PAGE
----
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May 30, 2009

On Empathy & Judge Sotomayor

On the ASBH_Lit&Med listserv, Rebecca Garden solicited views on the flap over Judge Sonia Sotomayor's apparently shocking admission that she views her capacity for empathy as a strong suit of her judicial temperament.  This has provoked controversy.  My comments:

As a lawyer and a medical humanist, it has been difficult for me to make any sense of the certitude with which so many commentators and legal scholars seem to profess that empathy has no basis in judicial decisionmaking.  Such an idea seems so absurd to me I would barely know where to begin critiquing it, although that has never stopped me before.

Several substantive points leap to mind: first, the disdain for the role of empathy in political, moral, and juridical decision-making ought to be situated in context of the general modern emphasis on impartiality and rationalism, and more specifically, in the continued influence of the Langdellian legal formalists (see especially John Austin, not the philosopher of language, but the jurisprudential theorist).  In the latter tradition, it is the rules and principles of decision-making that ought to produce the results, and while their ideas have been mercilessly critiqued, one need look no further than the role the hermeneutics of textualism and originalism play in legal theory and in actual judges' professed methods of decision-making to see its continued influence.

Second, I think the feminist critique of this tradition of impartiality arising from care ethics (in particular, I am thinking of Virginia Held's powerful work on this subject, as well as Alison Jaggar) might be applicable to the notion that empathy has no place in virtuous decision-making.

And third, as suggested by the above, I think the aretaic tradition, and especially the emphasis on phronesis, might provide an excellent theoretical bulwark for arguing that empathy is a crucial component of practically wise and virtuous decision-making.  For those interested, Larry Solum has an extensive research agenda on the idea of a virtue jurisprudence.

Anyway, it has been somewhat disheartening to me to see how many professionals and scholars seem to accept without reflection the meme that empathy has nothing to do with virtuous legal practices and with the conditions for human flourishing, but it reminds me yet again how much I think there is to be gained by suggesting we actively look to the historical humanists as role models.  (I think I am on relatively safe ground in suggesting that for many of the Renaissance humanists, and especially, say, Montaigne, the idea that we can make virtuous legal decisions in the absence of empathy would be absurd.  Montaigne, of course, had extensive legal training and served as a judge for many years.  There is some excellent work connecting all of these themes -- virtue, justice, empathy -- as to Montaigne's life).



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In fairness, we should consider the arguments against the judge.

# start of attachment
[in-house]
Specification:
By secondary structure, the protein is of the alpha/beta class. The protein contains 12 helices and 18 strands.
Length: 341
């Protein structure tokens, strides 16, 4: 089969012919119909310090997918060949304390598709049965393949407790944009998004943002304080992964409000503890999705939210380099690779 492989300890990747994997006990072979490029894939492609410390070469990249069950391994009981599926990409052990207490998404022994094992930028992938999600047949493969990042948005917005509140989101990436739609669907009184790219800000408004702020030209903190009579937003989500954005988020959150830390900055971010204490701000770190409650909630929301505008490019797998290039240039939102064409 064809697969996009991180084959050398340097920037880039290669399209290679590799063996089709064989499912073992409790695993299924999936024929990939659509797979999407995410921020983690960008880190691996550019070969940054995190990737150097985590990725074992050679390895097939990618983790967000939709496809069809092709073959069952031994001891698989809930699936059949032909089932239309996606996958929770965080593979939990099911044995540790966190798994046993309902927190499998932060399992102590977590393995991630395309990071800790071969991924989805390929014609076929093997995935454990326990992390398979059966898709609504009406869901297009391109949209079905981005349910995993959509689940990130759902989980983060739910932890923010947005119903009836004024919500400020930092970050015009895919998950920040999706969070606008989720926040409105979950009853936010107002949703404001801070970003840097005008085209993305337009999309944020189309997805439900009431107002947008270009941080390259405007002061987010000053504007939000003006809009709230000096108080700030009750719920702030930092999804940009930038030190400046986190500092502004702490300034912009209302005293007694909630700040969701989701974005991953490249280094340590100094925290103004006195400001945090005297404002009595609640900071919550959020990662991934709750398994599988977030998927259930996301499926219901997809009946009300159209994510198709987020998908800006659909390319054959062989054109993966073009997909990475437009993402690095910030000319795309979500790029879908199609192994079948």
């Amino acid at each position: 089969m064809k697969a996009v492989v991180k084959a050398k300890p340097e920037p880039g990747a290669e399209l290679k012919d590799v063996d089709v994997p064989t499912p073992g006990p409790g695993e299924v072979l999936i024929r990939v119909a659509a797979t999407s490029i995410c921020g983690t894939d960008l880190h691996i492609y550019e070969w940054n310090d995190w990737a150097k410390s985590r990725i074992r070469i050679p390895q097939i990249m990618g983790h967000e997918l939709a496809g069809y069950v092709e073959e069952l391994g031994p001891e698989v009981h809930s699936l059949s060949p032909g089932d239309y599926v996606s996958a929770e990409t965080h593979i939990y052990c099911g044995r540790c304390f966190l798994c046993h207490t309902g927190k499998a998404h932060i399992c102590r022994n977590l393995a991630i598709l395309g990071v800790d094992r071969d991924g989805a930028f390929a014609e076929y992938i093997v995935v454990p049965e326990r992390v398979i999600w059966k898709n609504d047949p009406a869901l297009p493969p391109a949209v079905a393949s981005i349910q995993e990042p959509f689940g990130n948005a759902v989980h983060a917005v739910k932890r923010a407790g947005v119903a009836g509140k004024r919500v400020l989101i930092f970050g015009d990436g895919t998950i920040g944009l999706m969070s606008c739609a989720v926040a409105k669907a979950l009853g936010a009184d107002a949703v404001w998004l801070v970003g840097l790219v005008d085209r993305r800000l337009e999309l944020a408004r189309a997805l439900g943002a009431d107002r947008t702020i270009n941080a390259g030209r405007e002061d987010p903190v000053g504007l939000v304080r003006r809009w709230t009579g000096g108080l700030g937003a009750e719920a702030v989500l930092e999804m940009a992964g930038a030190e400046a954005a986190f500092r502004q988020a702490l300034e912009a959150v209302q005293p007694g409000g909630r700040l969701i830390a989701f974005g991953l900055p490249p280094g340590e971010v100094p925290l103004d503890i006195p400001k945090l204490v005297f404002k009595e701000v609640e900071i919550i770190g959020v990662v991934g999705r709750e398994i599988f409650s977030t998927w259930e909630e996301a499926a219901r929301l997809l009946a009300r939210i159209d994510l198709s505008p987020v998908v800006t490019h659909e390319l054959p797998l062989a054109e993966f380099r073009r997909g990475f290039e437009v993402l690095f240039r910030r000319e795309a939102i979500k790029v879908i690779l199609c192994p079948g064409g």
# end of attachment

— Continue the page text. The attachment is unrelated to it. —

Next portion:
Thanks for your insightful comments, as always. On another aspect of the attacks against Sotomayor, and although my knowledge of legal matters is about nil, I was quite surprised to see the reaction to her off-hand comment that policy was made in appeals courts. First, I think that listening to it in context (available through C-SPAN) puts it in perspective; but more generally, I think that there is some obvious validity to her claim -de facto if not de jure. To try and tie this in somewhat with your post, I wonder if the notion of empathy is perceived as restricted to the executive and/or legislative branches in democracies, as opposed to the judicial. An interesting twist on the origins of rhetoric?

Hey Francois,

IMO, few legal scholars of any stripe would deny that judges make policy. This basic and virtually undeniable fact is partly what makes the term "judicial activism" basically meaningless, since common law is absolutely a policy-making endeavor.

(I should disclosure that I have done some work in jurisprudence and legal hermeneutics, though not recently).

As to whether empathy is more properly deemed a feature of executive and legislative branches, perhaps so, although, if the idea of rule-following is perceived to be one in which empathy has no place, there is reason to suspect it could only be uncomfortably situated in the legislative body. (In which, like courts, procedure is extremely important).

That's a half-baked response to a good question, but there is also a nice scholarship on the importance and risk of using stories to animate public policy. I shudder at the thought of public health policy enacted without regard for narratives, but I am also well aware of the legislative disasters (e.g., EMTALA) that have come about from laws enacted almost wholly on the basis of such stories.

You may be interested in my post on the subject at Ratio Juris (among other things, I have links to a handful of posts from those in the legal world who *do* find an indispensable role for empathy: http://ratiojuris.blogspot.com/2009/05/empathy-law.html

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